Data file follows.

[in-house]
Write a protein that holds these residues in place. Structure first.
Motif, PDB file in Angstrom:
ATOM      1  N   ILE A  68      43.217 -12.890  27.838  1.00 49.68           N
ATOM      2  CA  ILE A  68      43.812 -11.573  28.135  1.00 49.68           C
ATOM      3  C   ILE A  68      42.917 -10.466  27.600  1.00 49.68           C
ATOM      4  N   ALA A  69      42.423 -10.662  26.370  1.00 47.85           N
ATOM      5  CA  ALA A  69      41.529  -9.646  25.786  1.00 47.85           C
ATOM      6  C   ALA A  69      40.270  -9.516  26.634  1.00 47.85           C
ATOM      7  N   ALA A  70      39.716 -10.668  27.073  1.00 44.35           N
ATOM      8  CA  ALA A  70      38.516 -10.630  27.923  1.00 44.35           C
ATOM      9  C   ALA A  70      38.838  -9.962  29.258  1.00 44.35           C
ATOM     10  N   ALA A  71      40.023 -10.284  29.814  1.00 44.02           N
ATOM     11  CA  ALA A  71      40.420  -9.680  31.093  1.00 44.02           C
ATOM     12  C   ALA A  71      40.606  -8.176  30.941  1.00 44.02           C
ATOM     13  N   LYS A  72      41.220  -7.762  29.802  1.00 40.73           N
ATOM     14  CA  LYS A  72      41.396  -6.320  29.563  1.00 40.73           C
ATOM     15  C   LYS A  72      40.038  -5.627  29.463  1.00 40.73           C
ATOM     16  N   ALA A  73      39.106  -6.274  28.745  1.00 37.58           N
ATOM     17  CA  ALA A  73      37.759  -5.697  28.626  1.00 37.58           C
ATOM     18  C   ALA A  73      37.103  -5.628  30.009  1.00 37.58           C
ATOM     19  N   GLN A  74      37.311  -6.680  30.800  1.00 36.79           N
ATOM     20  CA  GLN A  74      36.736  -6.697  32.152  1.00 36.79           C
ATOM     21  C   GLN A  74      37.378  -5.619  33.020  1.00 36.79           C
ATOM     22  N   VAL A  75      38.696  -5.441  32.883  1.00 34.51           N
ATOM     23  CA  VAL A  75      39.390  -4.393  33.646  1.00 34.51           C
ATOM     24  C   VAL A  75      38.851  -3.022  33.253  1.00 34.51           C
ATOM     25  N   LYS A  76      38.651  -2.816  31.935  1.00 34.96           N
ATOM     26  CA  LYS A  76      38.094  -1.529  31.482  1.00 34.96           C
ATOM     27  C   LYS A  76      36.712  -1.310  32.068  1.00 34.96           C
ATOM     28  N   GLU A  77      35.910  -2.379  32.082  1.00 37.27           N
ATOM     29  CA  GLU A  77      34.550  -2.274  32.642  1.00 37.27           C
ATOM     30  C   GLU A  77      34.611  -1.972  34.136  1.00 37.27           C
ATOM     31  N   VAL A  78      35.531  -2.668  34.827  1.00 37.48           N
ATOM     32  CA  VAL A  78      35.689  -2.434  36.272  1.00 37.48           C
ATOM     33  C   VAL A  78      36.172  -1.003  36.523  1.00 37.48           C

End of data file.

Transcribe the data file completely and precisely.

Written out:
[in-house]
Write a protein that holds these residues in place. Structure first.
Motif, PDB file in Angstrom:
ATOM      1  N   ILE A  68      43.217 -12.890  27.838  1.00 49.68           N
ATOM      2  CA  ILE A  68      43.812 -11.573  28.135  1.00 49.68           C
ATOM      3  C   ILE A  68      42.917 -10.466  27.600  1.00 49.68           C
ATOM      4  N   ALA A  69      42.423 -10.662  26.370  1.00 47.85           N
ATOM      5  CA  ALA A  69      41.529  -9.646  25.786  1.00 47.85           C
ATOM      6  C   ALA A  69      40.270  -9.516  26.634  1.00 47.85           C
ATOM      7  N   ALA A  70      39.716 -10.668  27.073  1.00 44.35           N
ATOM      8  CA  ALA A  70      38.516 -10.630  27.923  1.00 44.35           C
ATOM      9  C   ALA A  70      38.838  -9.962  29.258  1.00 44.35           C
ATOM     10  N   ALA A  71      40.023 -10.284  29.814  1.00 44.02           N
ATOM     11  CA  ALA A  71      40.420  -9.680  31.093  1.00 44.02           C
ATOM     12  C   ALA A  71      40.606  -8.176  30.941  1.00 44.02           C
ATOM     13  N   LYS A  72      41.220  -7.762  29.802  1.00 40.73           N
ATOM     14  CA  LYS A  72      41.396  -6.320  29.563  1.00 40.73           C
ATOM     15  C   LYS A  72      40.038  -5.627  29.463  1.00 40.73           C
ATOM     16  N   ALA A  73      39.106  -6.274  28.745  1.00 37.58           N
ATOM     17  CA  ALA A  73      37.759  -5.697  28.626  1.00 37.58           C
ATOM     18  C   ALA A  73      37.103  -5.628  30.009  1.00 37.58           C
ATOM     19  N   GLN A  74      37.311  -6.680  30.800  1.00 36.79           N
ATOM     20  CA  GLN A  74      36.736  -6.697  32.152  1.00 36.79           C
ATOM     21  C   GLN A  74      37.378  -5.619  33.020  1.00 36.79           C
ATOM     22  N   VAL A  75      38.696  -5.441  32.883  1.00 34.51           N
ATOM     23  CA  VAL A  75      39.390  -4.393  33.646  1.00 34.51           C
ATOM     24  C   VAL A  75      38.851  -3.022  33.253  1.00 34.51           C
ATOM     25  N   LYS A  76      38.651  -2.816  31.935  1.00 34.96           N
ATOM     26  CA  LYS A  76      38.094  -1.529  31.482  1.00 34.96           C
ATOM     27  C   LYS A  76      36.712  -1.310  32.068  1.00 34.96           C
ATOM     28  N   GLU A  77      35.910  -2.379  32.082  1.00 37.27           N
ATOM     29  CA  GLU A  77      34.550  -2.274  32.642  1.00 37.27           C
ATOM     30  C   GLU A  77      34.611  -1.972  34.136  1.00 37.27           C
ATOM     31  N   VAL A  78      35.531  -2.668  34.827  1.00 37.48           N
ATOM     32  CA  VAL A  78      35.689  -2.434  36.272  1.00 37.48           C
ATOM     33  C   VAL A  78      36.172  -1.003  36.523  1.00 37.48           C